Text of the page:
The Content Scrambling System (CSS)

A Technical Description


Introduction

The Content Scrambling System (CSS) is used on DVDs to encrypt the data so that only licensed DVD players can decode it. It is also used in variant forms to implement a challenge-response protocol between DVD player software on a PC and a DVD drive (ATAPI or SCSI) attached to that PC, and to decrypt the title key (the CSS key for a file) from the disk key and player key. In all there are four variant forms of CSS.

CSS is a very simple encryption scheme based on shifts, XORs and table lookups. Its keylength is 40 bits, although it has been shown elsewhere that a brute force attack is only O(2^25) and a plaintext attack is only O(2^18) - i.e. CSS is weak for its keylength.

This document describes the CSS algorithm in enough technical detail to implement it. I also describe the plaintext attack, which is for academic benefit only since all the valid player keys are already known. Finally I describe the disk authentication procedure, which is quite involved and difficult to extract from the Mount Fuji document.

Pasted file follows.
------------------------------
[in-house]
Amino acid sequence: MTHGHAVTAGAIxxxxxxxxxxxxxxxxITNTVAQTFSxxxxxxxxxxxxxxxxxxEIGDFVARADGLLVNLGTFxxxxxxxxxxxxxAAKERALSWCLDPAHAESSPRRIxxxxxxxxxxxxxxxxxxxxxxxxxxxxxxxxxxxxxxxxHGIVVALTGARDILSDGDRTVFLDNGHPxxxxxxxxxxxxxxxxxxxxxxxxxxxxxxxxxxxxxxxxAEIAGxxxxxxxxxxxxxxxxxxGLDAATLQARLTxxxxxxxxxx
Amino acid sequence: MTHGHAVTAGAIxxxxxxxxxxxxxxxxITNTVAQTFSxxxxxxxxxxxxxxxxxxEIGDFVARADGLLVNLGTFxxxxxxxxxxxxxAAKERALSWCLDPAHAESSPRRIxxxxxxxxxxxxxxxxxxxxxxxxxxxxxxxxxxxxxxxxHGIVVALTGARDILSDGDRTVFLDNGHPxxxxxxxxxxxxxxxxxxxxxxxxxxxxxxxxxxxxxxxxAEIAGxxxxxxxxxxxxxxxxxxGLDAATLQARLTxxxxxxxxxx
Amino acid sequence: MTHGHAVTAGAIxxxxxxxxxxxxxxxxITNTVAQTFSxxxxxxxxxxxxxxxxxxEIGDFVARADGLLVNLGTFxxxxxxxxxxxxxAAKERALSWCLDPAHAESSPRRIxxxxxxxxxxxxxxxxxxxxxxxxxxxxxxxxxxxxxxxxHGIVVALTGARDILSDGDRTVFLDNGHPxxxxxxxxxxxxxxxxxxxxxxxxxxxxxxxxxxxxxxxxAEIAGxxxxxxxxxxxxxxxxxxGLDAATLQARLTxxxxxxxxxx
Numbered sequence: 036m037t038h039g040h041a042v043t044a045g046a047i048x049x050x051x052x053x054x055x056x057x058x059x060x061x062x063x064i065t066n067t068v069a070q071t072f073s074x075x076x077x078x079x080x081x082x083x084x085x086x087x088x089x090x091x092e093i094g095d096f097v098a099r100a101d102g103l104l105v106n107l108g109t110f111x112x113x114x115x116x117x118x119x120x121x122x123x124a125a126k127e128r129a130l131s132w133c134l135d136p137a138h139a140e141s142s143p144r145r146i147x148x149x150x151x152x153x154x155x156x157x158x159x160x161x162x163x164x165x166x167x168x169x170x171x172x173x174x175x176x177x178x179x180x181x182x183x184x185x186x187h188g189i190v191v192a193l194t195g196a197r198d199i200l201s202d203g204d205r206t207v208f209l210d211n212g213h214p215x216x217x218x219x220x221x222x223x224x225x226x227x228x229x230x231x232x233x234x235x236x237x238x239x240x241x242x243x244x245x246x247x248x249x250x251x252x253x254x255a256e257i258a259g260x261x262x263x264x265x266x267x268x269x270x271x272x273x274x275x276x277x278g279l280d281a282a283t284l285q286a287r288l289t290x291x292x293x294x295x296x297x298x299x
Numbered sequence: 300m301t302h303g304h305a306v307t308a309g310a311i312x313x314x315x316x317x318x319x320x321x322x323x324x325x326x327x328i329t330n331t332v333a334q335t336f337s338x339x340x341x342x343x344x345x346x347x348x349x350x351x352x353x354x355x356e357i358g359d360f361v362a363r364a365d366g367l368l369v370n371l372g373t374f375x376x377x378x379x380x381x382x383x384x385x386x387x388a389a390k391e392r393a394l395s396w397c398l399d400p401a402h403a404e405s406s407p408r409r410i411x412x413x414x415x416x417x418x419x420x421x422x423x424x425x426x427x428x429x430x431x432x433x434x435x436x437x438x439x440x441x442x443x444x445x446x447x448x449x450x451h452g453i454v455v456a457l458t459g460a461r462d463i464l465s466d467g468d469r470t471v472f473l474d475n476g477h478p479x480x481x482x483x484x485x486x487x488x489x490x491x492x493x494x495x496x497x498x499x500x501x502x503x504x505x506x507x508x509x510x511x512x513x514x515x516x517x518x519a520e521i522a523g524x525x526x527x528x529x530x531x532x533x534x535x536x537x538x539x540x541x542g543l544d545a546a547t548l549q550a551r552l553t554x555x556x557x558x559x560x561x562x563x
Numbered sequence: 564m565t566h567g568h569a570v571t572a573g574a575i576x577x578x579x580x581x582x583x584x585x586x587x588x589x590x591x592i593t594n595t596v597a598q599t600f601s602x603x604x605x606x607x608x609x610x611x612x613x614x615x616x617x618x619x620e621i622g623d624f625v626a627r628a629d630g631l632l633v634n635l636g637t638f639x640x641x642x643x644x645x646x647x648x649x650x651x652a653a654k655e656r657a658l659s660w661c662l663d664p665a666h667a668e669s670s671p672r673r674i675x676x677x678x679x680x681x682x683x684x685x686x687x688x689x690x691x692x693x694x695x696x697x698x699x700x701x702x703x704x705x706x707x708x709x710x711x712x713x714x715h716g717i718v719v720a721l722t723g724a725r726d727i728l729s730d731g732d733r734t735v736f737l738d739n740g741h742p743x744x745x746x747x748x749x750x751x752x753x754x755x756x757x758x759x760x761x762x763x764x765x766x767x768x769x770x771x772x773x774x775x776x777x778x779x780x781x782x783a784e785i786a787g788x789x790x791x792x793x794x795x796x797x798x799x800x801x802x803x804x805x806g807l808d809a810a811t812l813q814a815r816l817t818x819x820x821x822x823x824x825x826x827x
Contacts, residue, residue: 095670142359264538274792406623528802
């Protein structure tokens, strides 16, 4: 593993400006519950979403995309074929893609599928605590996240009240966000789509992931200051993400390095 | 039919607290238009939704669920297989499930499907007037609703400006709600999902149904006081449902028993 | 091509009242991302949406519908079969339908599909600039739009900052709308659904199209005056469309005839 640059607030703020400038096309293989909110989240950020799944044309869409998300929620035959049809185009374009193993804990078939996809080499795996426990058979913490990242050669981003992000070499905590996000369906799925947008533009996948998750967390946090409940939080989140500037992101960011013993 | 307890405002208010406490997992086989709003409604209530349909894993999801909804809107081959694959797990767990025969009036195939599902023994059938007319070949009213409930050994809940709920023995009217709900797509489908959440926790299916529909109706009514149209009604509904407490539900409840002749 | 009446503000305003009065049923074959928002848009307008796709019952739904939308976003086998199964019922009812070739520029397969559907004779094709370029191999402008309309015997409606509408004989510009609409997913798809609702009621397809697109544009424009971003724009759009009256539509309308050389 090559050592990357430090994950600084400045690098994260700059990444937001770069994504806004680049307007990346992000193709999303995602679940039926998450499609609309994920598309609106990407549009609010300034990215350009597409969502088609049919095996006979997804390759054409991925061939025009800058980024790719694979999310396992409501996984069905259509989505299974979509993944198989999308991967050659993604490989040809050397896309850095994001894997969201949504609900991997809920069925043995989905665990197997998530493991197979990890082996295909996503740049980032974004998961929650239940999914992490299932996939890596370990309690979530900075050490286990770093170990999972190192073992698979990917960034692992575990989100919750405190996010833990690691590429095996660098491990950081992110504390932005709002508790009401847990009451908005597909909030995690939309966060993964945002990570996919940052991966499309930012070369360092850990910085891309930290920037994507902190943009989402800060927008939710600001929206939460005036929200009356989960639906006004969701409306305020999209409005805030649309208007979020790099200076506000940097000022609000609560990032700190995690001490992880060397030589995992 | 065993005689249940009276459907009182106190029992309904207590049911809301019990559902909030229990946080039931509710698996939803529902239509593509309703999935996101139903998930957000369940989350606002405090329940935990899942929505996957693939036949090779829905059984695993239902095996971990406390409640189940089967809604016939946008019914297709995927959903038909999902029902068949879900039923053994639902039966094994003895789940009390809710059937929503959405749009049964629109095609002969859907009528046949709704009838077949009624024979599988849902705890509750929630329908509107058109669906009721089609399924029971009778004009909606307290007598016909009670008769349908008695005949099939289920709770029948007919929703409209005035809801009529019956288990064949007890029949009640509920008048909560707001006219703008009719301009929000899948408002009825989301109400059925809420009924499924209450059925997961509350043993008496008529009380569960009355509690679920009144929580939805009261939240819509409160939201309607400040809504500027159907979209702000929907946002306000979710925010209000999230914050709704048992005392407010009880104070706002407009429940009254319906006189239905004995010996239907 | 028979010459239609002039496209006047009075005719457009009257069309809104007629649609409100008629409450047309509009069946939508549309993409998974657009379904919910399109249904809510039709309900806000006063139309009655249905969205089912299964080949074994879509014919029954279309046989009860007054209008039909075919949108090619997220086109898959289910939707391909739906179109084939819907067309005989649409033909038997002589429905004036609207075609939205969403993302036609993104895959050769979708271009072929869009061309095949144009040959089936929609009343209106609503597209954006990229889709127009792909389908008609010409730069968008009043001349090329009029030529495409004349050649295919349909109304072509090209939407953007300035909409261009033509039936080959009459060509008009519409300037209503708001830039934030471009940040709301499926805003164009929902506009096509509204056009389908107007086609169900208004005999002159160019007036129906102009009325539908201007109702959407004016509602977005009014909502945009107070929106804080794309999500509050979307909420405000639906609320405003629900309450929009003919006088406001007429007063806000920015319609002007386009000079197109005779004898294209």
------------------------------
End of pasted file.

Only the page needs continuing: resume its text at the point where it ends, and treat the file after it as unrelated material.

For reference, a CSS implementation is provided in source code form; this is not in a format that can be readily converted to a program as this might potentially violate the Digital Millenium Copyright Act; however it should serve as useful reference material for those wishing to implement CSS on their own.

The Basic Algorithm

The CSS State Machine
Initializing the State Machine
Stepping the State Machine
Decrypting the Data
The CSS Table

CSS Modes

Decrypting stream data (Mode 1)
Calculating the Response to a Challenge (Mode 3)
Calculating the Title Key (Modes 0 and 2)

The Plaintext Attack

Overview
Obtaining the CSS State
Backtracking the CSS State

Disk Authentication

Overview
Obtaining an AGID from the drive
Challenging the drive and getting its response
Calculating the variant the drive has chosen
Obtaining the challenge from the drive and calculating the response
Sending the response to the drive
Reading the disk key from the disk


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